Uttar Pradesh

Uttar Pradesh is a state in north India with Lucknow as its administrative capital. It is the most populous state in India.

This region boasts immense artistic wealth. Many famous musicians come from there, including Hari Prasad Chaurasia and Ravi Shankar, who did much to introduce Western audiences to Indian music. Kathak, one of India’s classical dances, originated in Uttar Pradesh.

The Taj Mahal, the most frequented of all Indian monuments, is also in Uttar Pradesh. So are Varanasi, the spiritual capital of India, and Mathura, the mythical birthplace of the god Krishna.


Agra | Fatehpur Sikri | Mathura | Govardhan | Vrindavan | Barsana | Allahabad | Varanasi | Lucknow | Ayodhya


Agra


From 1556 to 1658, Agra was the capital of the Mughal Empire. Today it is best known for the Taj Mahal, one of the world’s most famous monuments and now a kind of emblem of India. With no fewer than 10,000 visits per day, the Taj Mahal seems to enjoy a prestige like no other place in India, probably because of the romantic legend of its origins…

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Mathura


Stretched out along the Yamuna river lies Mathura. Like its neighbours Vrindavan, Govardhan and Barsana, it seems to be lulled by the sweet notes of Krishna’s flute. After all, it is said to be the place where Lord Krishna was born…

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Govardhan


Govardhan is a sacred hill 26km from Mathura. It is an important place of pilgrimage for Hindus; to them, Krishna and Govardhan hill are one…

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Vrindavan


Vrindavan, on the Yamuna river, is an important Hindu pilgrimage centre attracting more than 500,000 devotees each year. Vraj (another name for the town) has several thousand temples, ancient and modern, mostly dedicated to Krishna, the dark-faced god. He is said to have spent the first years of his childhood here…

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Barsana


Barsana is a peaceful small town and an important pilgrimage centre for Hindus. It seems still to resonate with the divine love between Radha and Krishna. The “temple of the beloved”, built like a Rajput palace, stands majestically on Bhanugarh hill. Absolutely not to be missed if you visit Mathura and Vrindavan…

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Allahabad


“Incredible India”, the country’s official slogan, is no exaggeration at Allahabad. Legend has it that the god Brahma named it Tirth Raj or “king of pilgrimage centres”. It is here that the incredible Maha Kumbha Mela is held once every 12 years…

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Varanasi – Benares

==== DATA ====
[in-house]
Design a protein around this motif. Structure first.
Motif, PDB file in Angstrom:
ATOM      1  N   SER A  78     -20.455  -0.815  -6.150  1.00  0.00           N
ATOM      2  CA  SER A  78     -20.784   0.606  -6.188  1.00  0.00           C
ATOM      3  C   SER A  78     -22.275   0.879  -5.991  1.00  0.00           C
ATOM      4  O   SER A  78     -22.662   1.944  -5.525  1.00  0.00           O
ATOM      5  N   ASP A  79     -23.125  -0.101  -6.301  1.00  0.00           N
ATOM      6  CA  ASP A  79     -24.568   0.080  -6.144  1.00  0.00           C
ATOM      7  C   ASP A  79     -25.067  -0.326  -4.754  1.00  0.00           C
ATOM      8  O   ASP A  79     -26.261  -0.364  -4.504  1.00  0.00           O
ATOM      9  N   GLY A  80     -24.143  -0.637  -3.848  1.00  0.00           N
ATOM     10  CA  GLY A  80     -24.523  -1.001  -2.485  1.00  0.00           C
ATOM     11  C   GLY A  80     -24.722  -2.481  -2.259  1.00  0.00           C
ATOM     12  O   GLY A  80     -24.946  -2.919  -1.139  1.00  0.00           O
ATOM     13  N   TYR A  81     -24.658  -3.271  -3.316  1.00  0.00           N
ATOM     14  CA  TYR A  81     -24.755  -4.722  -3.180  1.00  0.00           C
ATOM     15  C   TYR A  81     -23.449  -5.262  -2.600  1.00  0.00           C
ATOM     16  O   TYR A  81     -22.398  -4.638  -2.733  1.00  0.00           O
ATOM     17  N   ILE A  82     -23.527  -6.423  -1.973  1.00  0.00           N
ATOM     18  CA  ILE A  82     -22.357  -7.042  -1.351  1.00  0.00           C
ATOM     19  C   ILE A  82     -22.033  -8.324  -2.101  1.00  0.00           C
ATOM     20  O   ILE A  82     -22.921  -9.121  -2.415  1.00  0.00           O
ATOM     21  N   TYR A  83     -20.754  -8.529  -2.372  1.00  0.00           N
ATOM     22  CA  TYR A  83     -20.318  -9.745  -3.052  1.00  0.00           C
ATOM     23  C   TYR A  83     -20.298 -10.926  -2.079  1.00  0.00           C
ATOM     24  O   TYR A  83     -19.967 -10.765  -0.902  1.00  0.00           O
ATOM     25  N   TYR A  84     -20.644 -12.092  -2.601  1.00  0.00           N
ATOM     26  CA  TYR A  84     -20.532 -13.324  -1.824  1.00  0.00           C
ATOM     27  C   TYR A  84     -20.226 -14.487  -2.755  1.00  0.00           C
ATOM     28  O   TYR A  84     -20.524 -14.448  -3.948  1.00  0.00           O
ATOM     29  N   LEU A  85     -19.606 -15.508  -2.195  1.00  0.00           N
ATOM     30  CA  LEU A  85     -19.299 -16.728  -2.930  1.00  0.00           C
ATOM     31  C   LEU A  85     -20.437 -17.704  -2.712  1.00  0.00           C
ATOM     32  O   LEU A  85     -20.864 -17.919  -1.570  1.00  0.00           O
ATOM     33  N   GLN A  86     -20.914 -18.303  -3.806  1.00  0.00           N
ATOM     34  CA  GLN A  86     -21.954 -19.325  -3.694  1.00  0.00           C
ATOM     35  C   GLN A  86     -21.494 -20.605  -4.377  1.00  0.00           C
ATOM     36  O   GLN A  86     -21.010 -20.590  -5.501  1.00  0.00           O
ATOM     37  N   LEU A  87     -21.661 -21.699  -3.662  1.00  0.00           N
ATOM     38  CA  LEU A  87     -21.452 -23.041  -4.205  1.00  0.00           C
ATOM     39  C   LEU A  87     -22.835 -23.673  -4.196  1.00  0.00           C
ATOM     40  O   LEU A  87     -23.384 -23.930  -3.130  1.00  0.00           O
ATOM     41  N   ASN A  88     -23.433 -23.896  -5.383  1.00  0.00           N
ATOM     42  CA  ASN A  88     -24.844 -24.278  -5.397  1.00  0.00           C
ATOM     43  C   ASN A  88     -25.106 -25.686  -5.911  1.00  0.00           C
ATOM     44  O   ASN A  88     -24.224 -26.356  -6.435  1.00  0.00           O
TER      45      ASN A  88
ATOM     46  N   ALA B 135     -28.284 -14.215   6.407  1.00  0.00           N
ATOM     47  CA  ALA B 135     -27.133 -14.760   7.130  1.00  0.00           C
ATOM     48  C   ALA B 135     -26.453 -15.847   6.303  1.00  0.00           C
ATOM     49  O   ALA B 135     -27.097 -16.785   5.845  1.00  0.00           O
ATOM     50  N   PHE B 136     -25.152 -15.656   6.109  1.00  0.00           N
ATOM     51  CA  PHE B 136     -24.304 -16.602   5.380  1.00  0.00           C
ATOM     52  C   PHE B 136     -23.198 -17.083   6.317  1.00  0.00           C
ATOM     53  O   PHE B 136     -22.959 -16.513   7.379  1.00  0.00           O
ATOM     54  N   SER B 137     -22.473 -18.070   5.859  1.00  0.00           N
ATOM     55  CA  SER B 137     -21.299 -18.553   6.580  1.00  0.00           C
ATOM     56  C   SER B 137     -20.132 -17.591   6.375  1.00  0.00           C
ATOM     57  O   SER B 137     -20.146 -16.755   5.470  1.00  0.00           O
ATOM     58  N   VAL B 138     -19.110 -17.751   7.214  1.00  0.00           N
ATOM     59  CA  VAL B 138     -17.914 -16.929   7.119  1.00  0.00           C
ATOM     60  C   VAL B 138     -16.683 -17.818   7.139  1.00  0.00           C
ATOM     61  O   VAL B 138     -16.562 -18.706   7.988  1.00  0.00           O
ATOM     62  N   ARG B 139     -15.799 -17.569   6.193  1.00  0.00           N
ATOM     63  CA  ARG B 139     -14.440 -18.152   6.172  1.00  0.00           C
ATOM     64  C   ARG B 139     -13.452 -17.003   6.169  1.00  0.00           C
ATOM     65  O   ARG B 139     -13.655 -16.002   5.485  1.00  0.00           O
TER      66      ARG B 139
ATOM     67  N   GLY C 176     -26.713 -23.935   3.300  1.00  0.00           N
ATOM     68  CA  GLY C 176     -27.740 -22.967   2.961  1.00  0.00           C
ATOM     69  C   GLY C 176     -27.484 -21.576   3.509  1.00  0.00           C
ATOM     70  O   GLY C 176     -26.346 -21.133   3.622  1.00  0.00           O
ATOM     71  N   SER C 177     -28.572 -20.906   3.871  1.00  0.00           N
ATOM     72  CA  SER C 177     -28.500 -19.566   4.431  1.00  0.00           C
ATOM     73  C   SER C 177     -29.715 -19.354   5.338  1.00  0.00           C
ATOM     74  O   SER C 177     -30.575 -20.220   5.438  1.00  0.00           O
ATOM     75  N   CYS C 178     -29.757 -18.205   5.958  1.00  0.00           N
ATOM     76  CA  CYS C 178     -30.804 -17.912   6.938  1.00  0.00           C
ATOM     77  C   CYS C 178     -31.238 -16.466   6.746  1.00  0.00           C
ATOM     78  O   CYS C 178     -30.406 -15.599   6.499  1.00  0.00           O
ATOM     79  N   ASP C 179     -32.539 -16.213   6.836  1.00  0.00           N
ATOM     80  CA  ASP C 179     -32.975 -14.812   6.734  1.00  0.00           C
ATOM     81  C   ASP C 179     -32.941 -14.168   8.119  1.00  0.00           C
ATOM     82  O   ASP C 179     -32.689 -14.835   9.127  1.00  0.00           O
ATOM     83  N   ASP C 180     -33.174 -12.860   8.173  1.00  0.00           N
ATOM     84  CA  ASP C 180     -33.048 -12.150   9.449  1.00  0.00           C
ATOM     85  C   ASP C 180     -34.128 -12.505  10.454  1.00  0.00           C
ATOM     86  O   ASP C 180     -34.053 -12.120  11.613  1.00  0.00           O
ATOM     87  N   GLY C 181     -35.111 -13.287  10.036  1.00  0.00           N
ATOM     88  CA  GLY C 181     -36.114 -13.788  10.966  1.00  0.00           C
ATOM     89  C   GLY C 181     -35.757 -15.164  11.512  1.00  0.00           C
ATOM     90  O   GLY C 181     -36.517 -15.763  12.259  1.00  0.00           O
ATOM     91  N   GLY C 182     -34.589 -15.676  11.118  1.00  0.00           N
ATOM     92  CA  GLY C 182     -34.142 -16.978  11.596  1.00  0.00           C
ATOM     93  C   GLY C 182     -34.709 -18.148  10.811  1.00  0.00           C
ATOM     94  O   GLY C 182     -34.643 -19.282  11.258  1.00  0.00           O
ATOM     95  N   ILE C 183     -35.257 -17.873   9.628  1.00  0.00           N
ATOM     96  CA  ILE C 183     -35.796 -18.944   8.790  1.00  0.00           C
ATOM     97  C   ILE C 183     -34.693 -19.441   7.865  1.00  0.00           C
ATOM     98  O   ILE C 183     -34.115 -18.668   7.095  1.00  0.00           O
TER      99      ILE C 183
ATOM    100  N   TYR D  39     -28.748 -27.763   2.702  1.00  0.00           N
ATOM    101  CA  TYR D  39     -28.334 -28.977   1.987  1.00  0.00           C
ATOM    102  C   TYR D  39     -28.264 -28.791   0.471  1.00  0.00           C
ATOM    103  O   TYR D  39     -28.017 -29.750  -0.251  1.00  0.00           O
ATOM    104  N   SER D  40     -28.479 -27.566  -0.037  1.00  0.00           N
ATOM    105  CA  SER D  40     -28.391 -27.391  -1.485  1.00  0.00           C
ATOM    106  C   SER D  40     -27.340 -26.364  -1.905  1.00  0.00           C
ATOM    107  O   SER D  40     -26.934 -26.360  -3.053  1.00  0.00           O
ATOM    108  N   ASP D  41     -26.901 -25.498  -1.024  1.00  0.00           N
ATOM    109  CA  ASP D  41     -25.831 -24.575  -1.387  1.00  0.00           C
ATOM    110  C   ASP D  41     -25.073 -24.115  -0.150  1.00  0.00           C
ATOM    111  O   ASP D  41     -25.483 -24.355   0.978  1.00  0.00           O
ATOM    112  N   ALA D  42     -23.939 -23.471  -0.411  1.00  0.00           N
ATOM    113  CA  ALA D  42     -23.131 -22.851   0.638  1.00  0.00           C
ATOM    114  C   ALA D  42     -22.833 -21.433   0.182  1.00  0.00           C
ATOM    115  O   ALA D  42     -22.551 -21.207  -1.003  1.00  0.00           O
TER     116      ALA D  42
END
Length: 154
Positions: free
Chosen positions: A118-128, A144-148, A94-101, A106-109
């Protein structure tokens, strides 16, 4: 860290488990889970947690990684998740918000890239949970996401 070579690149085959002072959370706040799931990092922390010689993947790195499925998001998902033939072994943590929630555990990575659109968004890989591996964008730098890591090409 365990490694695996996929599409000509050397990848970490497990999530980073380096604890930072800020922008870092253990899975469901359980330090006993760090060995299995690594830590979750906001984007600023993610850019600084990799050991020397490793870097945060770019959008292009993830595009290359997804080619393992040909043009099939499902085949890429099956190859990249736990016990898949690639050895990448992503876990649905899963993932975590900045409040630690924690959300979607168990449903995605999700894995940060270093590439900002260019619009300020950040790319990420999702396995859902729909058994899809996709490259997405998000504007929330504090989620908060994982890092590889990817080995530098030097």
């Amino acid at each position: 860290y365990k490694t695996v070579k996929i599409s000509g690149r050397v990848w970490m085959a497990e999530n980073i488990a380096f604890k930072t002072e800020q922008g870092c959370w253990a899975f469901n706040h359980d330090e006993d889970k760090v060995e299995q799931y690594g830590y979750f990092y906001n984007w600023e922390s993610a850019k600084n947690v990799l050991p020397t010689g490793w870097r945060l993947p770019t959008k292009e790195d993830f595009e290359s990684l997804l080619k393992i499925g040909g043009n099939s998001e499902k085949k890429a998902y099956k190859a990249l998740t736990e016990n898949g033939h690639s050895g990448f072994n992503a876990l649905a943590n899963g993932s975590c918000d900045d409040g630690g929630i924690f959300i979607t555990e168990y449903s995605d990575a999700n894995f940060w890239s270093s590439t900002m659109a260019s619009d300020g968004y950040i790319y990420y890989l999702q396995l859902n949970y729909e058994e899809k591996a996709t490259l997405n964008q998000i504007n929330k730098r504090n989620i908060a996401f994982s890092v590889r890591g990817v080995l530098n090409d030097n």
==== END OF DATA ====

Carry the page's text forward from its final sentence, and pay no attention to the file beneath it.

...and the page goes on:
They say that Brahma the creator god once declared, “I had to create the world several times but Varanasi is different. It was created by Shiva in person”. Varanasi, Benares, Kashi, city of light, is a town to be lived in and felt rather than visited. The city of Shiva speaks to the soul…

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Lucknow


Lucknow, the capital of Uttar Pradesh, is not the most popular city of the state. Travelers usually prefer the mystic Varanasi or Agra and its famous Taj Mahal. Yet, what a wonderful surprise! Lucknow amazes us with the splendor and refinement of its historic buildings. From the 18th to the 19th century, it was the capital of the Nawabs, extravagant rulers and lovers of the arts, who contributed greatly to the city’s cultural richness by developing dance, music and poetry while building many unique monuments in India.

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Ayodhya


Ayodhya, set on the banks of the Sarayu river, is a mythical city: it is said to have been the capital of the Kosala Kingdom, which saw the birth of Lord Rama, the famous hero of the Ramayana epic. As such, it is considered by Hindus as one of the seven most sacred cities of India (Sapta Puri). Like all pilgrimages places, the spiritual fervor is palpable there even if the city has been the centre of a religious conflict since two decades….

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Kushinagar


Kushinagar is one of the four most important Buddhist pilgrimages along with Bodhgaya, Lumbini and Sarnath; It is said that it is the place where Buddha reached the Parinirvana after his death…

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Shravasti


Shravasti was the capital of the Kosala kingdom in the 6th century BC and it is believed that Buddha spent 24 rainy seasons there. Buddha settled down in Shravasti and gave a great number of speeches there; the legend has to that he performs the miracle of multiplying himself a million times while sitting on a lotus, the fire and water emanating from his body.

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